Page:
Eating Behaviour

A2 psychology revision

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  • Created by: Maisie
  • Created on: 16-06-11 19:52

Factors Influencing Attitudes to Food

Culture Rozin: 'best predictor'

Birch: developmental approach - 3 important factors

1. exposure, 2. social learning, 3. associative learning


Garg et al: popcorn/film study - sad cond. ate 28% more/Ogden: eat to celebrate or improve mood

Stress: 'stress-eating paradox' - Greeno & Wing: 2 models

1. General effect model, 2. Individual differences model (emotional eaters/men & women)

Health concerns

Ogden: increased awareness = change in attitude


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Preferences for meat

Milton: unlikely early humans could have secured enough nutrition to become active & intelligent creatures without meat, MacArthur & Planka: 'Optimal Foraging Theory', Teaford & Ungar: mixed diets of humans & chimps make them well suited to different environments

Taste Aversion

Bait shyness: Garcia et al - rats made ill through radiation, Medicine Effect: Garcia et al - thiamine deficient rats, Smell: Garcia et al - wolves, Detecting Toxins: Sandall & Breslin - 'bitter taste receptor gene', Steiner et al: facial expressions, Embryo Protection Hypothesis (Profet): Buss - foods avoided most, Neophobia: Frost - tend to show greater liking to food when more familiar (exposure), Cancer patients: Berstein & Webster - novel icecream/chemo

Sweet & cooked foods

Sweet foods: provide lots of energy & are less likely to be poisonous Steiner (& Desor et al) - babies facial expressions, Grill & Norgen - rats - sweet over bitter, Cooked foods: Wobber et al - easier to eat, helps energy release & reduces wear/tear, Lucas et al: molars have decreased in size, Wobber et al - apes preferred more cooked foods than raw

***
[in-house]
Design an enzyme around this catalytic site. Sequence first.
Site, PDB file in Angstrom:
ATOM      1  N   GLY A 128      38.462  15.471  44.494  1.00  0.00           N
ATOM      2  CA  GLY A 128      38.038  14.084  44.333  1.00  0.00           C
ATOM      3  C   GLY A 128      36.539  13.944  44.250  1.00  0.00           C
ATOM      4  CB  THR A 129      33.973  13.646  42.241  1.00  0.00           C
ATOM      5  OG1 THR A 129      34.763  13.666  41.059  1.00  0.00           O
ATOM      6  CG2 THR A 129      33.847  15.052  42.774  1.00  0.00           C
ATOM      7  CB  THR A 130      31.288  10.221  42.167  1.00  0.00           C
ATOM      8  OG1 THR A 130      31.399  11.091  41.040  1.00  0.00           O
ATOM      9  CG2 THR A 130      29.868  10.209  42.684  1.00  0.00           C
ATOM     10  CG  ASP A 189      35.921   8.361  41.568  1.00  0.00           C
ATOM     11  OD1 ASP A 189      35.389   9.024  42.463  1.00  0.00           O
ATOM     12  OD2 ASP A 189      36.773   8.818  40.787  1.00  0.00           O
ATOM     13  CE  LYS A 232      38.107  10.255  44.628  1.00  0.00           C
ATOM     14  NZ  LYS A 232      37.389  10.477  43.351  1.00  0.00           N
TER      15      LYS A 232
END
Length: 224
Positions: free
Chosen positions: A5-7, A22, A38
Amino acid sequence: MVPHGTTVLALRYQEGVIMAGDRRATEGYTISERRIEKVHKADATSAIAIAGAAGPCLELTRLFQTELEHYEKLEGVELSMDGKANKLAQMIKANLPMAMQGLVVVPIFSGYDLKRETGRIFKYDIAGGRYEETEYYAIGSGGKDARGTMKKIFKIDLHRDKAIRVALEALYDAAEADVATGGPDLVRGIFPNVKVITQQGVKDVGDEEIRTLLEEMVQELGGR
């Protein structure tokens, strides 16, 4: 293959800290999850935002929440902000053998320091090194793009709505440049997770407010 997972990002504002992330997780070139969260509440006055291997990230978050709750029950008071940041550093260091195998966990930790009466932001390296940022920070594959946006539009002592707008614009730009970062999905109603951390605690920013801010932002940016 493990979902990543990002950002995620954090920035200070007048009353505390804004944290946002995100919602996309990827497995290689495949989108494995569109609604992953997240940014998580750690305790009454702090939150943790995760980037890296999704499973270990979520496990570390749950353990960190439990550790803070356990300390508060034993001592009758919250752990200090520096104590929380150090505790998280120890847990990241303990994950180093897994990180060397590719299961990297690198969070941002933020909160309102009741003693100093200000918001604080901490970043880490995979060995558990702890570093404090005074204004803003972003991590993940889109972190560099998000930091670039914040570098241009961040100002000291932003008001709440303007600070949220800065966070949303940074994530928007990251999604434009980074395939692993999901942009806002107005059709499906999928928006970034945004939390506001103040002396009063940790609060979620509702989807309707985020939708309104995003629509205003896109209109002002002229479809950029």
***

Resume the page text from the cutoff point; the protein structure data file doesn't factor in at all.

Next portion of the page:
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Success/Failure of Dieting

Biological Explanations

Mark: dieting & long term weight loss has a low success rate as biological factors make it difficult - dieters don't address underlying problems

Weigle et al: weight loss from low carb. & low calorie diet = low leptin & high hunger BUT if changed to low fat diet, there is no compensatory increase in hunger

- Reductionist: ignores important psychological factors

- Deterministic: doesn't allow for self-control

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Success/Failure of Dieting

Psychological Explanations

Truby et al: 6 month study of 4 commercial diet programmes - all pps had significant weight loss - doesn't fit with leptin hypothesis

Operant conditioning: feeling good after weight loss = rewarding

Social support: Truby's study was filmed for BBC - make have been motivation

Cognition: Ogden - weight loss regainers/weight loss maintainers, Lichtman et al - dieters delude themselves about food intake & exercise levels

Boundary Model: Herman & Poilvy - restrained eaters have a cognitive boundary before satiation

Restraint Theory: Herman & Mack - preload/test method (milkshakes & icecream) - 'what the hell effect', Kirkley - restrained eaters eat less calories

- Reductionist: ignores important biological factors -> need a multi-dimensional approach (e.g. Ogden & Hill - weight loss predicted by key life event)

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Controlling Eating & Satiation

Hypothalamus: Lashley - lateral hypothalamus = main hunger centre, ventromedial hypothalamus = main satiety centre, Arnand & Brobeck - leisons to LH, rats stop eating Hetherington & Ranson - leisons to VMH, overeating to excess

- Neural control of eating -> diabetics have consistently low levels of blood glucose yet maintain regular eating patterns & normal levels remain fairly constant - may not be best signal!

NPY: Wickens - injected into hypothalamus of rats = eating, Stanley et al - repeated injections = obseity in matter of days, Yang et al - also produced by abdominal fat

Leptin: secreted from fat cells - caloric storage high ('ob mice' missing gene that produces leptin)

Ghrelin: Cummings et al - ghrelin closely correlated with hunger levels

Meal size: Cannon & Washburn - balloon inside stomach - presence/absence of food (CCK)

- Cancer patients w/o stomach can still regulate eating

- De Castro: people eat more when in company - not just biological factors that matter!

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